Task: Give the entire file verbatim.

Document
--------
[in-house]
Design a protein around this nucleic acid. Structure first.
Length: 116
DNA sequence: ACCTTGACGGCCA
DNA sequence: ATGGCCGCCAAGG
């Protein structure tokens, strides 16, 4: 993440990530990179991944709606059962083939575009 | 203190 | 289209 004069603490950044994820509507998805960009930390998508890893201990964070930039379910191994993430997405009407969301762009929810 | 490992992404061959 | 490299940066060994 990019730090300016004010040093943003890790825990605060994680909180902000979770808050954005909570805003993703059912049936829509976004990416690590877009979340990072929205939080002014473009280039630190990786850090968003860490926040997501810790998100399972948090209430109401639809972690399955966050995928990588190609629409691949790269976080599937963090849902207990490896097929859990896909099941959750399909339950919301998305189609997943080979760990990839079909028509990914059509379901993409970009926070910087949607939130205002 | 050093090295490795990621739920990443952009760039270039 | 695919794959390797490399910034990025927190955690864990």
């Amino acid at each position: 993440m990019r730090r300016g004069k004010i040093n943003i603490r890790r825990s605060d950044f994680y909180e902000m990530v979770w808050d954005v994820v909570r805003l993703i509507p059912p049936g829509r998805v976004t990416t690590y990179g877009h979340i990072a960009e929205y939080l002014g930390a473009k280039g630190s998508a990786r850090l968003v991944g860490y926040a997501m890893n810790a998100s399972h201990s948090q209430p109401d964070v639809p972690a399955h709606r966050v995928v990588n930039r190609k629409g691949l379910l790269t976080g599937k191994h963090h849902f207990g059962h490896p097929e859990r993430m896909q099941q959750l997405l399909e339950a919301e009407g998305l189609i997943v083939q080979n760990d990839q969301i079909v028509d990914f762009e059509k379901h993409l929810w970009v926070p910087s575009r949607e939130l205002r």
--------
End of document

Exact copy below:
[in-house]
Design a protein around this nucleic acid. Structure first.
Length: 116
DNA sequence: ACCTTGACGGCCA
DNA sequence: ATGGCCGCCAAGG
């Protein structure tokens, strides 16, 4: 993440990530990179991944709606059962083939575009 | 203190 | 289209 004069603490950044994820509507998805960009930390998508890893201990964070930039379910191994993430997405009407969301762009929810 | 490992992404061959 | 490299940066060994 990019730090300016004010040093943003890790825990605060994680909180902000979770808050954005909570805003993703059912049936829509976004990416690590877009979340990072929205939080002014473009280039630190990786850090968003860490926040997501810790998100399972948090209430109401639809972690399955966050995928990588190609629409691949790269976080599937963090849902207990490896097929859990896909099941959750399909339950919301998305189609997943080979760990990839079909028509990914059509379901993409970009926070910087949607939130205002 | 050093090295490795990621739920990443952009760039270039 | 695919794959390797490399910034990025927190955690864990």
């Amino acid at each position: 993440m990019r730090r300016g004069k004010i040093n943003i603490r890790r825990s605060d950044f994680y909180e902000m990530v979770w808050d954005v994820v909570r805003l993703i509507p059912p049936g829509r998805v976004t990416t690590y990179g877009h979340i990072a960009e929205y939080l002014g930390a473009k280039g630190s998508a990786r850090l968003v991944g860490y926040a997501m890893n810790a998100s399972h201990s948090q209430p109401d964070v639809p972690a399955h709606r966050v995928v990588n930039r190609k629409g691949l379910l790269t976080g599937k191994h963090h849902f207990g059962h490896p097929e859990r993430m896909q099941q959750l997405l399909e339950a919301e009407g998305l189609i997943v083939q080979n760990d990839q969301i079909v028509d990914f762009e059509k379901h993409l929810w970009v926070p910087s575009r949607e939130l205002r």